"Then do it yourself. And if you do, you better hope I keep my mouth shut."

     Littlesmith's face suddenly lost some of its color. "Who in the hell are you?"

     "I'm the guy who can solve your problem--for fifty thousand."

     "I'll give you five up-front and the rest after."

     "If you want it done you'll give me fifty. I don't believe in down payments."

     "No deal."

     I reached for the door handle, "Good luck."

     "Wait! Give me a name."

     "Can't help you there. Say hello to Rita for me."

     "You bastard. Alright. But you better not screw this up. When will you do this?"

     "Tomorrow." We agreed to meet at a secluded spot, a place not far from a lake. "I expect cash, fifty thousand or no deal."

     He agreed and we parted.

     The next day, when I climbed into Littlesmith's Caddy he seemed upbeat, almost excited, over the prospect of his wife's impending death. He wanted to chat but I didn't. I just wanted his money. He handed me the bag and I counted it. All there. I distracted him, slipped in a pair of ear plugs, and bang, job done. After tossing the revolver into the lake, I drove home. Normally at this point I felt relieved and satisfied. But this time I wasn't feeling that. I was thinking about Rita and the possibility that Bradford Littlesmith's murder might not slip quietly into the unsolved files.


     A week after I dispatched Mr. Littlesmith, I got some bad news. It was in all the papers. A spokesperson with the district attorney's office held a press conference on the steps of the courthouse to announce that Rita Littlesmith had been charged with the murder of her estranged husband. She was currently incarcerated in the city lockup. Because she was a flight risk, the judge had denied her bail.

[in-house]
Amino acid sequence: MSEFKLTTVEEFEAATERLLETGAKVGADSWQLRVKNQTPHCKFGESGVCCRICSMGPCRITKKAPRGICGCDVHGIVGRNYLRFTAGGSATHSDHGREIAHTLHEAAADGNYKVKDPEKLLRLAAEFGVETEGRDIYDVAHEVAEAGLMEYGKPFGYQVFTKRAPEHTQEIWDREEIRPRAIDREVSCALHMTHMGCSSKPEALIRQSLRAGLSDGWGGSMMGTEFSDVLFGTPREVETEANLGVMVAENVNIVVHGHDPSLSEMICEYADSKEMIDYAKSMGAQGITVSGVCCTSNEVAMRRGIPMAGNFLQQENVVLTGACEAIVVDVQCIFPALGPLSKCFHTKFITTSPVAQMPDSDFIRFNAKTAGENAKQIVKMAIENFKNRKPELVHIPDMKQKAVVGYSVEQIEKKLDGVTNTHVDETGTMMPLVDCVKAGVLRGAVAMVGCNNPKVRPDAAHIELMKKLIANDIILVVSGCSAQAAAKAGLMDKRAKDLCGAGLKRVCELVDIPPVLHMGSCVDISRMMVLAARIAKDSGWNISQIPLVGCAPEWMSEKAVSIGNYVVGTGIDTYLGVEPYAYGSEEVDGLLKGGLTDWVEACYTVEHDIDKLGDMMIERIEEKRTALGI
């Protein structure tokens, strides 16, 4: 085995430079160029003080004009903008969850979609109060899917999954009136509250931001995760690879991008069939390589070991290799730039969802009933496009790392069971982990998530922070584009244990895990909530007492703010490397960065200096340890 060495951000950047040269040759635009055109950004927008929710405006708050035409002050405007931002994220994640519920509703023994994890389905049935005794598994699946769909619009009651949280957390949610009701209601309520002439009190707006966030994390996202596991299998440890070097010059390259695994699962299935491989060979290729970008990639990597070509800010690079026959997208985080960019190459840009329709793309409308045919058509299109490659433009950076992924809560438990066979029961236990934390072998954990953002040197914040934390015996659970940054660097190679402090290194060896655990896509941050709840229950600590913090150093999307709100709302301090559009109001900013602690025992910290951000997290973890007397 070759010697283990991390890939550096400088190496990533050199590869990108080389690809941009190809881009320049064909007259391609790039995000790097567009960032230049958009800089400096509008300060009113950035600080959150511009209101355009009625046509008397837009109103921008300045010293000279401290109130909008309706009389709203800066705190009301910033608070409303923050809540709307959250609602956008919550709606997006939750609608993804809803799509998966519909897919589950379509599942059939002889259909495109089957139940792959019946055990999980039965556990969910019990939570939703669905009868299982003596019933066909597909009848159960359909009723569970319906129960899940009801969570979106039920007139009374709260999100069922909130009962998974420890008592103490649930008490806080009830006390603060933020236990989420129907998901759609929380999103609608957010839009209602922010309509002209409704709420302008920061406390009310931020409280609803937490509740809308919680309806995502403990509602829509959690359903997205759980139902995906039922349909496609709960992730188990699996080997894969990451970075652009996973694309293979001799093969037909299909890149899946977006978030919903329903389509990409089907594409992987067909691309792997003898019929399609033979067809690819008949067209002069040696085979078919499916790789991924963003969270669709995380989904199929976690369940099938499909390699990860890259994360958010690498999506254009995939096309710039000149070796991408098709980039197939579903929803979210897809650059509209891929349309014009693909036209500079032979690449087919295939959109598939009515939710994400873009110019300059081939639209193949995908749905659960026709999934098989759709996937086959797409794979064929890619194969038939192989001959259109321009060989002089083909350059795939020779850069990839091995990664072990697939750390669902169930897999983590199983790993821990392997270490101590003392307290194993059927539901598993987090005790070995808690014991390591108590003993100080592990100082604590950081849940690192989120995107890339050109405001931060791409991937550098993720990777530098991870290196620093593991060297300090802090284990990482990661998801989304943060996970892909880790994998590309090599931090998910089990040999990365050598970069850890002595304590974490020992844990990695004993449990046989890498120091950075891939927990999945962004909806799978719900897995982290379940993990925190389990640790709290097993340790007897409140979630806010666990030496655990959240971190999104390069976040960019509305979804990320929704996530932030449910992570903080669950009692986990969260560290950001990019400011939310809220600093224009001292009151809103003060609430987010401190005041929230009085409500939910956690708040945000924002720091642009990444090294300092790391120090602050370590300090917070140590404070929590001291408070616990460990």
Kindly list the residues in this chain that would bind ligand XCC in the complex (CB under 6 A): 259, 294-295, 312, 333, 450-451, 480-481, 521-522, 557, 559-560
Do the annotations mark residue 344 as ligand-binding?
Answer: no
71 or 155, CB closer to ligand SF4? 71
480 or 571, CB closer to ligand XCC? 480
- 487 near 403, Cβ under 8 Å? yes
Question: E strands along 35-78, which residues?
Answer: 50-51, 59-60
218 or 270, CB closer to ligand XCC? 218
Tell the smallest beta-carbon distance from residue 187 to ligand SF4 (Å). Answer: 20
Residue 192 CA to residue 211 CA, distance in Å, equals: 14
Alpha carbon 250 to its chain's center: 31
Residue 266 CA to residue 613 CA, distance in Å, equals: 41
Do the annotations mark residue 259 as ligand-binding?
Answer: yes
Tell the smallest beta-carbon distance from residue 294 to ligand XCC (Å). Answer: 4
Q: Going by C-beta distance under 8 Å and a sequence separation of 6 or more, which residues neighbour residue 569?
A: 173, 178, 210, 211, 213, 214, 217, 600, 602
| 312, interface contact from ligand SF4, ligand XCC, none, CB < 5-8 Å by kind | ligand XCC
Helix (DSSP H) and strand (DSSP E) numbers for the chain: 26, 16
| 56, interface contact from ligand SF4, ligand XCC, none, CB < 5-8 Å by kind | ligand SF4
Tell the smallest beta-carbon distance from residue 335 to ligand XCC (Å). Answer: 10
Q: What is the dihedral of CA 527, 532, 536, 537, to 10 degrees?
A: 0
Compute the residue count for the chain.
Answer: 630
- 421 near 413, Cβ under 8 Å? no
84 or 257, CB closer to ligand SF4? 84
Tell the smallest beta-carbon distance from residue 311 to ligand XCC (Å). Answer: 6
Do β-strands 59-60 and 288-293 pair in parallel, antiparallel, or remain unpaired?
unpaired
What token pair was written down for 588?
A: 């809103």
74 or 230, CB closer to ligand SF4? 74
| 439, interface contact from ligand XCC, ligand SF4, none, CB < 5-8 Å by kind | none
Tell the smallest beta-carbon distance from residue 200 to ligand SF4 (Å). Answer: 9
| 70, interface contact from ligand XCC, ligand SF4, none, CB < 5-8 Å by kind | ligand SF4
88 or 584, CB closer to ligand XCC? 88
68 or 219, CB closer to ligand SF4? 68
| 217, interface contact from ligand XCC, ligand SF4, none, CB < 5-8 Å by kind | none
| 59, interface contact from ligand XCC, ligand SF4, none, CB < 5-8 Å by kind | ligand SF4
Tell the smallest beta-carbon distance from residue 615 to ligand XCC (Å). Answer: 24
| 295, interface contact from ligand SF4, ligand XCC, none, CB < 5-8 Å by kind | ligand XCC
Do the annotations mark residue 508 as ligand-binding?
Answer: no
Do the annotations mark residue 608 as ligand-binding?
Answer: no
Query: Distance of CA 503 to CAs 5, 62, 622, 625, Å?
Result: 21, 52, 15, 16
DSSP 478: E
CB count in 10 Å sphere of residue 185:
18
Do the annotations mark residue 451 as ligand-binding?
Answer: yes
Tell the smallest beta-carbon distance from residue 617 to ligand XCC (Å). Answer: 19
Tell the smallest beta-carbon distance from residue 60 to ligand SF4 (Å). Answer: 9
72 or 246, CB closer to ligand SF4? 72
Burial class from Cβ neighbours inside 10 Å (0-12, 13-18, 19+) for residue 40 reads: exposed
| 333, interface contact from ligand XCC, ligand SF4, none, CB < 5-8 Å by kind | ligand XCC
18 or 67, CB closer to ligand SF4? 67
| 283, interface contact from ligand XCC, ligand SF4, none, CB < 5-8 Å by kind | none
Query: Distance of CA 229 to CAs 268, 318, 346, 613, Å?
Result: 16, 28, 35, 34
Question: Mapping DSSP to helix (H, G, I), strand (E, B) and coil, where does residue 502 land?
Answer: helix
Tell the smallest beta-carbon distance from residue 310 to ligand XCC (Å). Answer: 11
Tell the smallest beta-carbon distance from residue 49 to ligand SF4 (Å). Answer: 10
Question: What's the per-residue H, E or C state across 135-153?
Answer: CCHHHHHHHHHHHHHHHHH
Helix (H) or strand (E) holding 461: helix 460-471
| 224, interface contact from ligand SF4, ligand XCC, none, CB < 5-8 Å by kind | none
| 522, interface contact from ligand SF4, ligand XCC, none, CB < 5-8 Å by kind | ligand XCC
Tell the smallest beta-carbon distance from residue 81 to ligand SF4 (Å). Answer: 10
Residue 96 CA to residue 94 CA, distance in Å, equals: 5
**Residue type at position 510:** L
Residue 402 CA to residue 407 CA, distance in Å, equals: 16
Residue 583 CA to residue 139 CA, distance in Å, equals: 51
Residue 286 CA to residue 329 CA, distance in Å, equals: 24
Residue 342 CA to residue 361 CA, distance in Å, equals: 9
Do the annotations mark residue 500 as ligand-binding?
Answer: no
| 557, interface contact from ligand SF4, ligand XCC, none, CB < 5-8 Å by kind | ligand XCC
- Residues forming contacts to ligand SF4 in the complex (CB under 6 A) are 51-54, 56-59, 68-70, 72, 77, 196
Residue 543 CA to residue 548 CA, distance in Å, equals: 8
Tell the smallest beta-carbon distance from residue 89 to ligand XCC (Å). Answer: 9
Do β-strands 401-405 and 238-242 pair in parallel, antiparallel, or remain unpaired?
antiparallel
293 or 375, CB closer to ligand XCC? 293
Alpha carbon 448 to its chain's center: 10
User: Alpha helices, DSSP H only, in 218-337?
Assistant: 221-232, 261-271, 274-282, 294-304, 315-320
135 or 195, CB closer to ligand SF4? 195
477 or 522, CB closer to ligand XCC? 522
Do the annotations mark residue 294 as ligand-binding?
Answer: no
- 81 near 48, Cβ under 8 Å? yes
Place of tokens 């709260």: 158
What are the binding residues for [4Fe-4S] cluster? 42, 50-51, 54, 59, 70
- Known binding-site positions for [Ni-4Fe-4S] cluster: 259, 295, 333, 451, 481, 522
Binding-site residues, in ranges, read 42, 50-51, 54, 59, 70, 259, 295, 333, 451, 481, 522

When pressed by reporters to lay out the case against Rita, the prosecution's mouthpiece admitted they had no confession, no eyewitness to the crime, no physical evidence connecting her to the murder, and, as of yet, no murder weapon. But she had motive, and a few days prior to allegedly firing a .38-caliber slug into her husband's right ear, she had threatened to kill him. But they had more, evidence that would send her away for life. Rita had confided to her cellmate that she had lured her husband to the place of his death under the pretext she would consent to the divorce for a small fraction of his estate. After she shot him, she tossed the gun out of her car window somewhere in the city. By now it was probably in the hands of a street thug.

     I was't surprised. When a prosecutor has a good murder suspect, but not enough evidence to convict, the jailhouse snitch comes slithering out of the woodwork. Rita's informant, in return for her lie, probably received a get-out-of-jail card and a bag of evidence-room crack. Rita was in trouble, and maybe I was, too. The moment Rita came storming into the hotel bar I should have walked away from the job. Maybe I had lost my touch.